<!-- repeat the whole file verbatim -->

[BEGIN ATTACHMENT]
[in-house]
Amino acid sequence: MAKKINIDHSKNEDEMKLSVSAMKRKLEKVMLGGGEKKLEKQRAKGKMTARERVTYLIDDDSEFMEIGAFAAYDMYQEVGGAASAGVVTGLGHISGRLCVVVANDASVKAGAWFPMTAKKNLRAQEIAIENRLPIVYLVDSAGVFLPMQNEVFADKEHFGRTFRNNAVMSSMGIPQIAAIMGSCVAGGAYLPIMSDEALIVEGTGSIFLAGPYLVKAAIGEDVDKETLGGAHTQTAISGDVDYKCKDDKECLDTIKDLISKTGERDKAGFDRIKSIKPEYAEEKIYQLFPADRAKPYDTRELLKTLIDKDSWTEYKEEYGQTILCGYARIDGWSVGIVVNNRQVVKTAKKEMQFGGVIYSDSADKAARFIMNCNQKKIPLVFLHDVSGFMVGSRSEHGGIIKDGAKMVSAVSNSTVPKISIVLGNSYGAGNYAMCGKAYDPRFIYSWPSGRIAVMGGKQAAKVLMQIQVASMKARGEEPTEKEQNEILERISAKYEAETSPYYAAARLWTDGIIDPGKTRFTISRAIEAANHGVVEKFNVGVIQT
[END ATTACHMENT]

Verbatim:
[in-house]
Amino acid sequence: MAKKINIDHSKNEDEMKLSVSAMKRKLEKVMLGGGEKKLEKQRAKGKMTARERVTYLIDDDSEFMEIGAFAAYDMYQEVGGAASAGVVTGLGHISGRLCVVVANDASVKAGAWFPMTAKKNLRAQEIAIENRLPIVYLVDSAGVFLPMQNEVFADKEHFGRTFRNNAVMSSMGIPQIAAIMGSCVAGGAYLPIMSDEALIVEGTGSIFLAGPYLVKAAIGEDVDKETLGGAHTQTAISGDVDYKCKDDKECLDTIKDLISKTGERDKAGFDRIKSIKPEYAEEKIYQLFPADRAKPYDTRELLKTLIDKDSWTEYKEEYGQTILCGYARIDGWSVGIVVNNRQVVKTAKKEMQFGGVIYSDSADKAARFIMNCNQKKIPLVFLHDVSGFMVGSRSEHGGIIKDGAKMVSAVSNSTVPKISIVLGNSYGAGNYAMCGKAYDPRFIYSWPSGRIAVMGGKQAAKVLMQIQVASMKARGEEPTEKEQNEILERISAKYEAETSPYYAAARLWTDGIIDPGKTRFTISRAIEAANHGVVEKFNVGVIQT